To anyone who saw him in his Wall Street days, constantly throwing tantrums as he placed multimillion-dollar stock bets, the evening show captures Cramer's crazed style, minus the obscenities. He says he gets more satisfaction from the show than spending his life "trying to make rich people richer."
Cramer admits he felt constrained on his previous CNBC program, with economist Lawrence Kudlow, because it also dealt with politics and because "I am a terrible reader of other people's stuff" off the teleprompter. "I just love talking about stocks. This is my ESPN."
To avoid conflicts, Cramer has put most of his assets in government securities and real estate, and set up a charitable trust that he uses to trade stocks. He can't trade any stock he mentions on the air for five days, and all the profits go to charity. But he thinks it's important to stay in the game.
The show has few guests, with the host mostly taking calls. One night, the phone system broke down. "I didn't get ballistic," Cramer says, as if that would be the normal response. Had that happened when he worked on Wall Street, he says, "I would have taken the keyboard and thrown it."
In the month since CNN's Headline News replaced its prime-time news updates with talk shows, Nancy Grace has pumped up both ratings and controversy. Ask Grace how she picks the stories for the legal program that bears her name and she launches into the tale of how her fiance was murdered 25 years ago, propelling her to law school, a job as a Georgia prosecutor and life as a victims' rights advocate. "Nothing has ever been the same since then," she says.
"I've been portrayed so many times as simply out for a conviction, always siding with the state, thinking everyone's guilty, I don't even listen anymore. I have never, ever pretended to be impartial, never. Frankly, I have no interest in being a robot that reads a prompter."
Grace's sympathies could not be clearer. When Robert Blake was acquitted of killing his wife, she said: "But where is the anger? Was the victim victimized again at trial? . . . In my mind it's a very dark day." When Scott Peterson was convicted of murdering his wife, she declared. "There is justice for Laci and Conner."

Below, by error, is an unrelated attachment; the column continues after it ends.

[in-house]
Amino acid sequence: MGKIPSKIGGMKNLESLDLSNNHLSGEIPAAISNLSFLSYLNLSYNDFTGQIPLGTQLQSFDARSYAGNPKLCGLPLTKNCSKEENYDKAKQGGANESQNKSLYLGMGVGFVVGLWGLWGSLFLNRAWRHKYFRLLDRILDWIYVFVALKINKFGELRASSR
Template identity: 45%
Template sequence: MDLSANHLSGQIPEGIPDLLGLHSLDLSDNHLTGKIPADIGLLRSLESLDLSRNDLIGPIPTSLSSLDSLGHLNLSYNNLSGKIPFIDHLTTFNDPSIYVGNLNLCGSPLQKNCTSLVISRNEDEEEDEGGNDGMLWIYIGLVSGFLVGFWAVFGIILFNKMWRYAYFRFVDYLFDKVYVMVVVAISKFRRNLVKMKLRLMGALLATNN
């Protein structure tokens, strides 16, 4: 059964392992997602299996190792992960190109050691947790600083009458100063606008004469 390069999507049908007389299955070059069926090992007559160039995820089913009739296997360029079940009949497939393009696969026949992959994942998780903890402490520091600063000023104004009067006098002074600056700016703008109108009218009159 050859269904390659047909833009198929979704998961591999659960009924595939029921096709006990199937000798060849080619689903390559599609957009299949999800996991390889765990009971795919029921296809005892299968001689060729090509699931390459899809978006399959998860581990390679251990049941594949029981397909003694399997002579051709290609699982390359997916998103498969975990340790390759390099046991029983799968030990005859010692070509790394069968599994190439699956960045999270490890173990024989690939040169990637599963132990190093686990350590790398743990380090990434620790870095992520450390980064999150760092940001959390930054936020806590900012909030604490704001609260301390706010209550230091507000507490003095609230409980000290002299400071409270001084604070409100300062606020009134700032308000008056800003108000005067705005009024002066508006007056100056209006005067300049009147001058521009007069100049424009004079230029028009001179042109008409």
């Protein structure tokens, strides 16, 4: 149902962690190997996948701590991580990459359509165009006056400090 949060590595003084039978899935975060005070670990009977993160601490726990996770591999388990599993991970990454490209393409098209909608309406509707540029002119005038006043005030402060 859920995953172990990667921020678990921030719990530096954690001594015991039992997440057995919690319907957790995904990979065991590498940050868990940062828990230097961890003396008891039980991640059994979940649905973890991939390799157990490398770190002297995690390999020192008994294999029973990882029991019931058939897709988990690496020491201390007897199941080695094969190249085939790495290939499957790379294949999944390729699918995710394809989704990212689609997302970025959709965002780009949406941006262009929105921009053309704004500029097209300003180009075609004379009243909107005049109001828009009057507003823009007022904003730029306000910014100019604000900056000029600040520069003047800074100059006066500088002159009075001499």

Grace has boosted ratings in her 8 p.m. time slot by 126 percent over last year through a steady diet of gory and sensational cases. "Nancy Grace" has covered the Peterson trial, Jackson, the Blake trial, the Atlanta courthouse shootings, the death of 9-year-old Jessica Lunsford, Miss Savannah 2003 being charged with murder, a gunman who killed seven people in a Milwaukee church, a Colorado man who murdered his three children after his wife got a restraining order against him, and a 16-year-old Idaho girl tried in the shooting deaths of her parents.
The New Republic, noting that Grace sometimes casts doubt on suspects who turn out to be innocent, called her the "leading practitioner" of the "legal shout-fest." Grace says she rarely raises her voice, which off camera is a more syrupy Macon drawl. "If critics believe the show is tabloid, maybe they've never been in a courtroom. The justice system is tabloid, too. It's nasty, it's mean, it's hand-to-hand combat."
Asked about her heavy diet of celebrity cases, Grace says they help educate the public. "The Jackson case to me symbolizes child molestation and the downfall of a music icon I followed growing up." As for Peterson, whom the media turned into the villain of a national television drama, "I'm grateful the American public embraced Laci and embraced the case. I wish they would embrace every other murder victim the same way. . . . We also cover cases that others don't cover -- ordinary people, not stars, not celebrities, not A-listers," she says.
Grace, who remains a Court TV anchor -- a job she assumed in 1997 after the quick demise of her show with ex-O.J. lawyer Johnnie Cochran -- insists she knows little about television. "There's really nothing I can do about what my critics say because I'm not going to change what I do," Grace says. "I am a trial lawyer. I'm not a journalist."
Footnote: Newsweek columnist Fareed Zakaria breaks into the television game Friday with a new half-hour show, "Foreign Exchange," on 100 PBS stations. He interviews Egyptian dissident Saad Eddin Ibrahim, talks to the author of a book on Europe's social-welfare states, and runs a freelancer's piece about environmental protection in Russia. "I'm hoping to avoid the 'Crossfire'-type format," Zakaria says, but "I don't want the show to have the pacing of a French movie."
Howard Kurtz hosts CNN's weekly media program.